A major watershed in the making of modern Iranian society was the bold and controversial attempt of Reza Shah Pahlavi (reigned 1925-41) to radically transform Iranian womanhood. The Women's Awakening of 1936-41 was a state feminism project that offered new opportunities in employment and education for some Iranian women in exchange for the requirement that all Iranian women abandon their veils in public.
Drawing upon decades of debate on “the woman question” in the popular press, the regime of Reza Shah championed and enforced a particular vision of the modern Iranian woman. She was to be as educated as any European or American woman. She was to be integrated into the workforce in increasingly prestigious professions. Not just a supportive companion to her husband, she was also to complement the modern Iranian man in the civic arena — her unveiled entrance into society “chaperoned” by her modern male guardian. Yet the notion of the modern male guardian likewise reflected new social realities. He was no longer simply a woman's relative or husband, but also her classmate, her professor, her colleague and, ultimately, her “great father,” Reza Shah.
This book explores the emergence of the modern concept of womanhood in Iran, based on a concern for true gender equality, by examining both the implementation and implications of the Women's Awakening Project within both public discourse and the memories of individuals who witnessed this change. For while the impetus for the Women's Awakening declined with the abdication of Reza Shah in 1941, it had permanently changed the parameters of “the woman question” and Iranian society's conception of gender roles. The regime's effort to strike a balance between emancipating and controlling women served to bring longstanding tensions between male guardianship and modern Iranian womanhood to the breaking point.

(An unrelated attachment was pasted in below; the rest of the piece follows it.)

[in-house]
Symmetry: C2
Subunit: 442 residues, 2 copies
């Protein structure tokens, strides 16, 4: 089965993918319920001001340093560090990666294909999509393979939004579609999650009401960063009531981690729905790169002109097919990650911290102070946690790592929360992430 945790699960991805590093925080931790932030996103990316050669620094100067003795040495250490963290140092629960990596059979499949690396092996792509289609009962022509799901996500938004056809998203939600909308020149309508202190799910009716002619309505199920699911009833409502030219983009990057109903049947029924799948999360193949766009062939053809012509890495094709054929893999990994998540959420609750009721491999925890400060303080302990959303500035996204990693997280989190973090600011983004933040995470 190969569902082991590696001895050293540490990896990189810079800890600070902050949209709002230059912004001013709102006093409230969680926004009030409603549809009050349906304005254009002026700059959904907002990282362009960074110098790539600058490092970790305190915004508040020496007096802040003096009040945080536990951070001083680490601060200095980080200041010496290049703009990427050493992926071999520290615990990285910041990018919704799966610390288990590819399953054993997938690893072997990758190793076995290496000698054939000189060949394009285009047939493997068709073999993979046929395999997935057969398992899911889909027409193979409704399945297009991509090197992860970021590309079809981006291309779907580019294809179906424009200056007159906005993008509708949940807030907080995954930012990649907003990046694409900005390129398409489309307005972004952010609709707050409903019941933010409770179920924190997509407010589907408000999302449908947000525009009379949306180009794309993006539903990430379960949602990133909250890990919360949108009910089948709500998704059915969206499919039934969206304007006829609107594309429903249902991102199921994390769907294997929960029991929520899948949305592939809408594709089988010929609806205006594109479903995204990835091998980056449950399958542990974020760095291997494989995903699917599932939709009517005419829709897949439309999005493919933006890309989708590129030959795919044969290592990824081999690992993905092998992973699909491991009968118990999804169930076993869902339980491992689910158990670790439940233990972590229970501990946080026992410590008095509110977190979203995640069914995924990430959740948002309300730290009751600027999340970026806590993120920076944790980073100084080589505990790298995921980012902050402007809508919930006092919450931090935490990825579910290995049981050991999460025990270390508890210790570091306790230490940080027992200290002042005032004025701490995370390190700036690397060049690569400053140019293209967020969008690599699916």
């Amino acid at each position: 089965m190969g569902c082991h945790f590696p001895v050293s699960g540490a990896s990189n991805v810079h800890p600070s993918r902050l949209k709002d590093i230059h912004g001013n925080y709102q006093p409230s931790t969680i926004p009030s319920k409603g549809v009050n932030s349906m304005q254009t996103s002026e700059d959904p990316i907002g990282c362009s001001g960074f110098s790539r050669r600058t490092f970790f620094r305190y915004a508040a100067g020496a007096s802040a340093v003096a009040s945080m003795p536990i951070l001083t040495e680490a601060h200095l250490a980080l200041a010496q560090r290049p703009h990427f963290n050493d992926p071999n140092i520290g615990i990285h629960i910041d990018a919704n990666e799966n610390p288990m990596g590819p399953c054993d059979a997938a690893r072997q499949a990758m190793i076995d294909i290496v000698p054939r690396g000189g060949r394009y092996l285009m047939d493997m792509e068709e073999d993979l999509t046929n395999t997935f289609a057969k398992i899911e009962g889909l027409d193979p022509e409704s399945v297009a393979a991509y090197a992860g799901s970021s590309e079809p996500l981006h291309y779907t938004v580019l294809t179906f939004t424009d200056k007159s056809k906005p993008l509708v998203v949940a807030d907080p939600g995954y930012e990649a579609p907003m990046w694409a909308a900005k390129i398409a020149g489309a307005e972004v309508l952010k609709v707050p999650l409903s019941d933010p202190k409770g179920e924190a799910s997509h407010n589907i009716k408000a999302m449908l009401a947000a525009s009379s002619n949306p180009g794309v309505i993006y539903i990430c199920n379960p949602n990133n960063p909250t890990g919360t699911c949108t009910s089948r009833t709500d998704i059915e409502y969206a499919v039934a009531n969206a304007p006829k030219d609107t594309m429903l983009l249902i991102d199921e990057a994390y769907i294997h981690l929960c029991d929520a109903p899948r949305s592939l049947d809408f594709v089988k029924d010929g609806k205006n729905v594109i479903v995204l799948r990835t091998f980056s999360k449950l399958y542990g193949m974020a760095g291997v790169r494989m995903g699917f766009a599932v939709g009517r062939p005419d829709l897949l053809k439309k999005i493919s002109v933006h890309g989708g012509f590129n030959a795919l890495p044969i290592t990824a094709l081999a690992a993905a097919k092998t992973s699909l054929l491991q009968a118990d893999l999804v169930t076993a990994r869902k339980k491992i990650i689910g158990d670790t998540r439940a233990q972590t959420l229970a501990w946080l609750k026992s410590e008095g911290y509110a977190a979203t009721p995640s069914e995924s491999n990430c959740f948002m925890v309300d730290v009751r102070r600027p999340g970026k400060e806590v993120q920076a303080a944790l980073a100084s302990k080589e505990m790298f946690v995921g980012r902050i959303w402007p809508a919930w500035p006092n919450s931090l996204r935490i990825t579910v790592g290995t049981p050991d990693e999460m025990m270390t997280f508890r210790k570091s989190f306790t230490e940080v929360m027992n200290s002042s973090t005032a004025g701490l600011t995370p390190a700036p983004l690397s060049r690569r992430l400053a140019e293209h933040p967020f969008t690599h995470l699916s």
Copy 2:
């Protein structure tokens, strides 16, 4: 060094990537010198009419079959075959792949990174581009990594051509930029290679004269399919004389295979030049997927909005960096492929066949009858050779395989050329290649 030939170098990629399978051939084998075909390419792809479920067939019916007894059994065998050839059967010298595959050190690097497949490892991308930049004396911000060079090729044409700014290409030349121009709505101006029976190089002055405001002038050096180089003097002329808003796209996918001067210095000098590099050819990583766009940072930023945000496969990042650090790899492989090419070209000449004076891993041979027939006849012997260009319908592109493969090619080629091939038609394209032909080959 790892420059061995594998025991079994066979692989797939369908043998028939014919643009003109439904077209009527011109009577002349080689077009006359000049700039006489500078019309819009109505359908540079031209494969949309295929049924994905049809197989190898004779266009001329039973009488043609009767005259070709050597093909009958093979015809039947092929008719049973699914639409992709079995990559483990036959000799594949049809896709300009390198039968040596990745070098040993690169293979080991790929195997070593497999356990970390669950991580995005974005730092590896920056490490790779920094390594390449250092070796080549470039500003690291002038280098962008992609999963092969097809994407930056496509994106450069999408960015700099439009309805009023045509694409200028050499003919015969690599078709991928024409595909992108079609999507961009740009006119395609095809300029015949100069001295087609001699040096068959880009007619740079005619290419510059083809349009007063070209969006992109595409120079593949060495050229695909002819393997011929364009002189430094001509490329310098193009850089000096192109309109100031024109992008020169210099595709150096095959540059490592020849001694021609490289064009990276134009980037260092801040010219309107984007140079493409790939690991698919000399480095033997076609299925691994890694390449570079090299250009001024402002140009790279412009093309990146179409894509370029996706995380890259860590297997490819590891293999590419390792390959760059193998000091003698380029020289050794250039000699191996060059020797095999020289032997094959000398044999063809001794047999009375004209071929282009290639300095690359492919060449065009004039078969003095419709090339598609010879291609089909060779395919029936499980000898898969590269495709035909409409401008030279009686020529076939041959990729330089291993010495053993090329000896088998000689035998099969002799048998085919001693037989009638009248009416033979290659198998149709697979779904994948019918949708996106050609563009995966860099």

It was only after of the Women's Awakening that some Iranian feminists began to argue publicly for true gender equality in Iranian society. Even Islamic Revivalists, opponents of the Women's Awakening, began to appropriate the modern Iranian woman of the 1930's, albeit re-veiled, for their cause. Indeed, because the Pahlavi regime had made women's progress an integral part of its legitimacy in the 1930's, politicians across the political spectrum in the 1940's realized that any viable political movement in Iran had to make “the woman question” an active part of its platform.
You Can Only Die Once: A Young Woman Signs Up for Flight School, 1940
From Chapter 6, “The Capable Woman,” page 177
[In 1940, the Pahlavi regime made government flight training available to civilians — men women. Images of women pilots soon filled the press as part of the propaganda of the Women's Awakening Project of 1936-1941. But the training was real, and it took women of special character to run the gauntlet of unofficial opposition to their training and to complete the demanding training. Sadiqeh Dowlatshahi, a young typist at the Ministry of Finance, had to endure teasing by soldiers on her way to sign up for training, but that paled in comparison to the last hurdle she faced — the director of the program.]